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Agile Modeling: Core Principles, Pros and Cons

Agile methodology, developed in 2001, is based on the most distinguished Agile manifesto, which introduced the core practices and principles. The Agile software development model is both a software development model and an incremental model. 

Agile can be defined as a set of methodologies followed by a team for administering a plan or project by sectioning it into different stages along with continuous collaboration with customers. Agile modelling is beneficial for developers to customise the software development process while fulfilling the developmental requirements. 

This blog will discuss the Agile methodology in software engineering in detail. 

Agile Modelling Defined

The Agile model is a software development approach based on iterative development. This method breaks tasks into smaller iterations or parts that do not require long-term planning. This project management style is best suited for projects with limited information on timelines, constraints or proper resources.

The project’s requirements and scope are laid out at the beginning of the development process, along with the planning of the number of iterations, the time frame and the scope of every iteration. 

In the Agile process model, every iteration is considered a short ‘frame’ that generally lasts one to four weeks. Dividing the entire project into smaller sections helps minimise potential project risks and reduces the project delivery time. 

The Agile methodology process involves a dedicated team working on a specific iteration of the complete software development life cycle. It includes the planning, requirement analysis, coding, designing and testing before demonstrating a working model to the client. 

The main values of Agile modelling include:

1. Simplicity 

The Agile models help simplify the software and its developmental process. Creating a diagram illustrating the plan and the related growth can help eliminate hours of manual coding and unnecessary work. 

2. Communication 

Application of the Agile process in software engineering favours communication between the developers, team members and stakeholders. 

3. Feedback 

Teams using diagrams for communicating the project life cycle allow stakeholders to give rapid feedback, eventually reducing the project time frame. 

4. Humility 

This Agile model value shows that every team member is necessary and plays a crucial role. It also stands for respecting other’s suggestions and ideas and acknowledging other’s contributions. 

Agile Methodology Types

Below are some types of Agile methodology discussed in detail

1. Scrum 

One of the most well-known Agile methods is the Agile Scrum methodology. This process breaks down the development phase into cycles or stages known as ‘sprints’. The development time needed for each sprint is dedicated and maximised, hence managing only one sprint at a time. 

The Agile and Scrum methodology is focused on continuous deliverables. Therefore, designers can adjust priorities to ensure that overdue or incomplete sprints are given more attention. 

The Scrum methodology has exclusive project roles for the Scrum team:

  • Scrum Master: The Scrum Master develops the master team, arranges meetings and handles hurdles arising. 
  • Product Owner: These professionals are responsible for making the backlog and prioritising any delays. They are also responsible for the functionality distribution on every repetition. 
  • Scrum team: A scrum team manages and organises the work to complete the cycle or sprint. 

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2. Extreme Programming (XP)

This method emphasises communication, teamwork and feedback. Its main goal is customer satisfaction and constant development. Like Scrum, this method also breaks down the process into cycles or sprints. A dedicated team is responsible for creating a productive and efficient environment.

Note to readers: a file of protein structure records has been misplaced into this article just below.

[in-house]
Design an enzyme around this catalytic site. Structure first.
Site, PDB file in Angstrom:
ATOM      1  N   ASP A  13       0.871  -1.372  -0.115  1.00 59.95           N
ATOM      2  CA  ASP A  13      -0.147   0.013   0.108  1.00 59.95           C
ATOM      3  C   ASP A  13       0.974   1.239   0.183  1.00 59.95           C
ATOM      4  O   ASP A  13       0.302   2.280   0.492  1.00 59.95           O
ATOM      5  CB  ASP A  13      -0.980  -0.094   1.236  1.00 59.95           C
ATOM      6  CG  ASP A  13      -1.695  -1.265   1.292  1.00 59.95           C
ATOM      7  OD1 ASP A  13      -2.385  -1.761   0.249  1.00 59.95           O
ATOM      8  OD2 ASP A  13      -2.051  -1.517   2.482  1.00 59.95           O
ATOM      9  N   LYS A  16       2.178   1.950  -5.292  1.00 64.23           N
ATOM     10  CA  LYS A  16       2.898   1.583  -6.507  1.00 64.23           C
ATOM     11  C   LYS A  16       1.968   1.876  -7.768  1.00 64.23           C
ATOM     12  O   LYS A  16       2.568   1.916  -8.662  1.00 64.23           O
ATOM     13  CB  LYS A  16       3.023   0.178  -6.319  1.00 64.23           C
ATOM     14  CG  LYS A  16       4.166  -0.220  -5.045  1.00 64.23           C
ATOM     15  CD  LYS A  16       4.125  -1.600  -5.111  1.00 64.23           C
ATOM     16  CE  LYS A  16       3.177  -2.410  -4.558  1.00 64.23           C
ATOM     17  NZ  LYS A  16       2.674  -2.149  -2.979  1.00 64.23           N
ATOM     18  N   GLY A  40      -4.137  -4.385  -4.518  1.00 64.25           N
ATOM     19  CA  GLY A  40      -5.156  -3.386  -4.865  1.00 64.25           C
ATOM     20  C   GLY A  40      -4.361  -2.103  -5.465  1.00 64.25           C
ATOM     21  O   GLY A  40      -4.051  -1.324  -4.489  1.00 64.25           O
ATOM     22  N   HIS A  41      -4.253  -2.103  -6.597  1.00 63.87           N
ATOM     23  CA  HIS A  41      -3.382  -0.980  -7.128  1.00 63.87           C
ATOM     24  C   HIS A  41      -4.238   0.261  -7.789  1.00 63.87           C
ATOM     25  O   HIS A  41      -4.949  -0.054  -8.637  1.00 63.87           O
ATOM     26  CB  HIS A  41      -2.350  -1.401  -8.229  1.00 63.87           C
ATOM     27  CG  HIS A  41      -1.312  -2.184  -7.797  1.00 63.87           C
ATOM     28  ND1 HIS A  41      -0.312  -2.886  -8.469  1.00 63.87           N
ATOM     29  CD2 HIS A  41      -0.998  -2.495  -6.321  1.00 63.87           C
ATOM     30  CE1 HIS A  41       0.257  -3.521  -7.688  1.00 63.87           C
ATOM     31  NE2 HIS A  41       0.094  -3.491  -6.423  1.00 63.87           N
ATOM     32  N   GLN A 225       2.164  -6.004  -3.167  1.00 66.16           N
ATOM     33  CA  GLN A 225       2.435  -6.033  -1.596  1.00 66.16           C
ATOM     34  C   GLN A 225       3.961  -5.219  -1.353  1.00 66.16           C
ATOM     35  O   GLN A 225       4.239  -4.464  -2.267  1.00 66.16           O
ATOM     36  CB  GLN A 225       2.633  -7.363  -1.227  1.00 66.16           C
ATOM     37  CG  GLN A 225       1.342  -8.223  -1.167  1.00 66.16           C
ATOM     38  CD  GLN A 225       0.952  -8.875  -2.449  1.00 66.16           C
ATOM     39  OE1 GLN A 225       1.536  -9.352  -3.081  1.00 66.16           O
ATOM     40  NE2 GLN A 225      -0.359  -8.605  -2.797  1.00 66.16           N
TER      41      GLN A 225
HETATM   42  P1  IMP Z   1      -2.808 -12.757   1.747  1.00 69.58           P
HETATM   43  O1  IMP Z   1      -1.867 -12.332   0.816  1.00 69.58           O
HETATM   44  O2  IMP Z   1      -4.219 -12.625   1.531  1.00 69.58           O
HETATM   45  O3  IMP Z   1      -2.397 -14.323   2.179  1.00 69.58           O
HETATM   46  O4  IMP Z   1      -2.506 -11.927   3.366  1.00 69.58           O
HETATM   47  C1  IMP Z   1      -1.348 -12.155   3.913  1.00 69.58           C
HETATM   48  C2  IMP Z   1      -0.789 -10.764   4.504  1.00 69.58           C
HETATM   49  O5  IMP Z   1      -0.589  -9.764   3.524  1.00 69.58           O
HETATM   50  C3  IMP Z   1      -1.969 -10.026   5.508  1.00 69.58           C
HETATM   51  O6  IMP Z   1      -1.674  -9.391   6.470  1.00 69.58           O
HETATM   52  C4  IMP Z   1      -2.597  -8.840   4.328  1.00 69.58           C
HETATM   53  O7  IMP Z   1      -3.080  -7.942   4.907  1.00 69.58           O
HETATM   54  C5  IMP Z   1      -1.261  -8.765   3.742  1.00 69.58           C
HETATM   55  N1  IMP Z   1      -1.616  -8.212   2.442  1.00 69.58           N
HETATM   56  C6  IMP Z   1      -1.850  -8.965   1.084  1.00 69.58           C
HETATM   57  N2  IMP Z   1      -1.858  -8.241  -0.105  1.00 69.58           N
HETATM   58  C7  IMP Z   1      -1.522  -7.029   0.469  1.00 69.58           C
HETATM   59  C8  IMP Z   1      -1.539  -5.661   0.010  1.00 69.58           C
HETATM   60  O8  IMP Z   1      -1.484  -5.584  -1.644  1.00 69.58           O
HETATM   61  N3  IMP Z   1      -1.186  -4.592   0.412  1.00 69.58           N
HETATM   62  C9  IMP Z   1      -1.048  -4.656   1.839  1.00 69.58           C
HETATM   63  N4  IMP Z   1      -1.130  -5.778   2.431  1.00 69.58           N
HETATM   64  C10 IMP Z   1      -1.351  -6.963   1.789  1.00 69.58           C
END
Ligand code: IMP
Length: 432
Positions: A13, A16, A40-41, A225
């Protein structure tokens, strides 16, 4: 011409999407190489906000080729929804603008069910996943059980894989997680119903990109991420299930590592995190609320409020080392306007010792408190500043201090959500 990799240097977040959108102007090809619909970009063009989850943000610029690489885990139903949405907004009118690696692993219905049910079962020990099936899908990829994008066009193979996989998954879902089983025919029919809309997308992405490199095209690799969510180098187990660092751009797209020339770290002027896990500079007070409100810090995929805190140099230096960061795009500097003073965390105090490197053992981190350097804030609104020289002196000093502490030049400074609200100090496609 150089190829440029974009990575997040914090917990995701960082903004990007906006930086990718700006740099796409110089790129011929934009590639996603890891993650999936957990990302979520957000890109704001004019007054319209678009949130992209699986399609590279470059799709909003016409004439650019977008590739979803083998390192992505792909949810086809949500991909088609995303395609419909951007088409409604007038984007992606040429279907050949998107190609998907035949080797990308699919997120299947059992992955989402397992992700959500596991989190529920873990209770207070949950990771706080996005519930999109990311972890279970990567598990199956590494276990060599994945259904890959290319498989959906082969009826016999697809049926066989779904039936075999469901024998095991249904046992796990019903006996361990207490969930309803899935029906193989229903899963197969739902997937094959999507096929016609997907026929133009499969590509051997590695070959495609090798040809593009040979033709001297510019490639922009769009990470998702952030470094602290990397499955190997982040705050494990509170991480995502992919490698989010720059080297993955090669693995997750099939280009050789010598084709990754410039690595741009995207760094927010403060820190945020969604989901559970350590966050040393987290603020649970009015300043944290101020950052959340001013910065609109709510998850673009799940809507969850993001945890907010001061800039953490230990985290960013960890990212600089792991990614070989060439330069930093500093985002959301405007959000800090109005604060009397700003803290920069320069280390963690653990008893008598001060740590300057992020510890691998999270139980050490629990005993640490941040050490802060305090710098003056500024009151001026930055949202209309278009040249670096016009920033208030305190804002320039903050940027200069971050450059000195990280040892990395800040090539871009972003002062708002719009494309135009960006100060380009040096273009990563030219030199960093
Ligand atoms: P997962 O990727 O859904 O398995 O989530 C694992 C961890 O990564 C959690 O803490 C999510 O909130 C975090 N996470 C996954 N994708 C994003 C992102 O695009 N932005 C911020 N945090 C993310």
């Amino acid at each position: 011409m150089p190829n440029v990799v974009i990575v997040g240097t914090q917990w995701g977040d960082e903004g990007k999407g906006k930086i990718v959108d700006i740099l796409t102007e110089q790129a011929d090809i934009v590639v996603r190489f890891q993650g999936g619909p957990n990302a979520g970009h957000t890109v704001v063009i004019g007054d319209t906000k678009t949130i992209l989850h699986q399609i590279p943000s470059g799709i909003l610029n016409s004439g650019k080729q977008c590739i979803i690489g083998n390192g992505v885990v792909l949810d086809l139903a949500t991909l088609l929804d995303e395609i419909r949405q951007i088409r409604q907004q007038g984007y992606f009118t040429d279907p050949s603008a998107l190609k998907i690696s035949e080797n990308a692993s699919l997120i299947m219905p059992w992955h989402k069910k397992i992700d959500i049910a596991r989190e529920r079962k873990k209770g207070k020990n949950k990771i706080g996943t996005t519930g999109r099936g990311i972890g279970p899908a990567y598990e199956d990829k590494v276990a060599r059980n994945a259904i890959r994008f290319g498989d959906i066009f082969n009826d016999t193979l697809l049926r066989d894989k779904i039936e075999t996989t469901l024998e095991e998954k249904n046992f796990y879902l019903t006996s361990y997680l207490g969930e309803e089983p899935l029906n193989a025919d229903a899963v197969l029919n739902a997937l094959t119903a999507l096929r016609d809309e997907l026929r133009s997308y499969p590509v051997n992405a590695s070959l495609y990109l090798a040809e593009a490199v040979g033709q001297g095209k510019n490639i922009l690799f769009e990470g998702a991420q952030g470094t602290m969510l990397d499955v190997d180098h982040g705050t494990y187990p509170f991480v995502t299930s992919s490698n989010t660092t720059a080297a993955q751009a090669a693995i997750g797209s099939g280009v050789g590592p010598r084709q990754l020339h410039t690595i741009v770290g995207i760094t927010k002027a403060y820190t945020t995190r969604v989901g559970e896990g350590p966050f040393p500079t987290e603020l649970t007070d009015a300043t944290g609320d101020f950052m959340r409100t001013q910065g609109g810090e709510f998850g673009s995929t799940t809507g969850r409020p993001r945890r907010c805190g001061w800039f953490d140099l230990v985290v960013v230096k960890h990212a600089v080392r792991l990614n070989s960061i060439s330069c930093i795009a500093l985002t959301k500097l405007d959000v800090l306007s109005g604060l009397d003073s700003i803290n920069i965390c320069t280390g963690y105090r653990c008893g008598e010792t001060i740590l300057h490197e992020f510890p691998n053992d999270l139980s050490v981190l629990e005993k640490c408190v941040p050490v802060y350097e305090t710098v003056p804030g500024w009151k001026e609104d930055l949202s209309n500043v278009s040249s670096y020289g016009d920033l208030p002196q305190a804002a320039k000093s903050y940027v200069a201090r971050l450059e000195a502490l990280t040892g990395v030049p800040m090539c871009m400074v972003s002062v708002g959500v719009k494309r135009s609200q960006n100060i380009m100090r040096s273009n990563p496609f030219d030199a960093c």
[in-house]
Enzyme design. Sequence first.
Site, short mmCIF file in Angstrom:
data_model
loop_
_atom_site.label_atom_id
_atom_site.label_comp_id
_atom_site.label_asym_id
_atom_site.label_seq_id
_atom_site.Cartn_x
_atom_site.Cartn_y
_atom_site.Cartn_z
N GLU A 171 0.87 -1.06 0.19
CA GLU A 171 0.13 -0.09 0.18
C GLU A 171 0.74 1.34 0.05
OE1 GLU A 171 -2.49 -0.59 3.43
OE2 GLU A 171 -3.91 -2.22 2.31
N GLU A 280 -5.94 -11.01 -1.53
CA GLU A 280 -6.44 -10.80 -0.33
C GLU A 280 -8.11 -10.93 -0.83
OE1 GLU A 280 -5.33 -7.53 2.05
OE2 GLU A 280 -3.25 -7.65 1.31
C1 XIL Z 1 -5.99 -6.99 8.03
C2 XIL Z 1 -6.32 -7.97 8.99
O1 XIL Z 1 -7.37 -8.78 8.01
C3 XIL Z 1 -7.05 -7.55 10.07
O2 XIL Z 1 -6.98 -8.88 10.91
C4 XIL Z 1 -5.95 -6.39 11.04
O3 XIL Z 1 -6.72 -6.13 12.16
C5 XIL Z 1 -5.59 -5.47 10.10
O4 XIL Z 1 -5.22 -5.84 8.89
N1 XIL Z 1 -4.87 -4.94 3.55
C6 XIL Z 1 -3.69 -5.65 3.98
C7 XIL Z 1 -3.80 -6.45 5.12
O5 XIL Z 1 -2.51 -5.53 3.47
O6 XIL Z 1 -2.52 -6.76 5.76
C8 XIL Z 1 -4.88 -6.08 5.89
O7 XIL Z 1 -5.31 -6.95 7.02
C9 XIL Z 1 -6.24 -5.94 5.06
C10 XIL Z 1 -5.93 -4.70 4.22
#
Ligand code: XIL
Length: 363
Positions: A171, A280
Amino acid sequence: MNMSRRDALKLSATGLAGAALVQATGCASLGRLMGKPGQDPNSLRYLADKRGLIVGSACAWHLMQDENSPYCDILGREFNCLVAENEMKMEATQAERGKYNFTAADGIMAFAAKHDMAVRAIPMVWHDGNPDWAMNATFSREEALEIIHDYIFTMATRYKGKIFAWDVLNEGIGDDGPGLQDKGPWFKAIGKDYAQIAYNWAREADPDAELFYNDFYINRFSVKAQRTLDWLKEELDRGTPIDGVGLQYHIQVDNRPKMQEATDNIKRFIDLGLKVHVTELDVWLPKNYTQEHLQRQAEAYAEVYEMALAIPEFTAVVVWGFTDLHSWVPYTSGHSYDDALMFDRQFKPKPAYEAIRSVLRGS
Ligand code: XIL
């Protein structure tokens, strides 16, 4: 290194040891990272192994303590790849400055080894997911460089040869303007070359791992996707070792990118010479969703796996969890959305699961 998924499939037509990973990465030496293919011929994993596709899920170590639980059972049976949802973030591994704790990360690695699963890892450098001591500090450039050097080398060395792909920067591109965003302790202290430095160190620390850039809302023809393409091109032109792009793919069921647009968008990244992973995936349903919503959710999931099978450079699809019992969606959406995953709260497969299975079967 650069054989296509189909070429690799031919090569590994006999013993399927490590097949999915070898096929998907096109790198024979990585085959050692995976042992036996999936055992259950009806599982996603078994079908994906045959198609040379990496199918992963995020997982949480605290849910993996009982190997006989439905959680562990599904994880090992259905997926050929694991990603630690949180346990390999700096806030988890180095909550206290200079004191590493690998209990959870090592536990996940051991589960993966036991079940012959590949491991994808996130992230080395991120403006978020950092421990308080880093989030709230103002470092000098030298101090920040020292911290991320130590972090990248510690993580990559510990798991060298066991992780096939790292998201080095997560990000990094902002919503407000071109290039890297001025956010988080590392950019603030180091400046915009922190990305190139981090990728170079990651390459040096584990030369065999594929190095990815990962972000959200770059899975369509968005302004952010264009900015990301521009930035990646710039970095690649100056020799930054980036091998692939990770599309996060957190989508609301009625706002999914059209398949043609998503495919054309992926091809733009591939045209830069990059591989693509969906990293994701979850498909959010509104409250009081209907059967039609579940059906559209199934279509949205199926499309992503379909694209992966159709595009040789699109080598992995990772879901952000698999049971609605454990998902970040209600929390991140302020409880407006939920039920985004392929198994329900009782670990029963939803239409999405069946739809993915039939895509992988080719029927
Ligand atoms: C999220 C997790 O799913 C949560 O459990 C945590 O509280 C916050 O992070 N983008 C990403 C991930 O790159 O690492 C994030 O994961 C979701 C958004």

This method is beneficial in situations of constant and varying customer demands, motivating developers to accept the changes at any time during the development phase. 

The project is constantly tested in this method from the first stage through feedback, which progresses the system’s output. This enables the team to implement any customer requirements quickly. 

3. Crystal 

Introduced by Alistair Cockburn, cosigner of the Agile Manifesto, this method combines smaller Agile methods such as Crystal Clear, Crystal Yellow, Crystal Orange, and Crystal Red. 

Every method has an exclusive and peculiar framework, characterised by factors like team size, system criticality and project priorities. Like all the other methods, this method aims for prompt software delivery, less administration, involvement of users, and customer satisfaction. 

There are three main phases in this method:

  • Chartering: There are various activities involved in this step, such as carrying out feasibility analysis, making a development team, creating plans, etc. 
  • Cyclic delivery: This phase includes two cycles – the development team notifies the release plan, and the integrated product is delivered to the end users. 
  • Wrap-up: In this phase, the tasks for deployment and post-deployment are carried out. 

4. Dynamic System Development Method (DSDM)

The DSDM method was developed to address the need for an industry-standard charter for smooth software delivery. It gives a comprehensive structure that is modified and defined for developing a plan, managing, executing and scaling the software development process. 

One of the main features of DSDM is that the users have to be actively connected, and the teams have the right to make any decisions. The techniques used here are:

  • Timeboxing
  • Prototyping 
  • Moscow rules 

5. Feature Driven Development (FDD)

This is a customer-centric, iterative and incremental Agile method with some of the best industry-recognised processes incorporated in it. The main goal of this methodology is to produce a working software in a specified time frame. 

The five stages of this method include:

  • Creating an overarching project model.
  • Developing a features list. 
  • Planning, designing and budgeting according to the features. 

6. Lean Software Development 

The lean software development Agile methodology follows the ‘just-in-time’ production rule. It represents the increasing speed of software development and reducing costs. The lean method is based on the following principles:

  • Eliminating the unnecessary: Things that don’t add value to the project are deleted. 
  • Quality enhancement: The control and discipline of the residuals are necessary for quality development. 
  • Creating knowledge: The team members are driven to document the whole infrastructure to preserve the value for the future. 
  • Defer any commitment: The team is encouraged first to understand the business requirements and focus less on planning the process.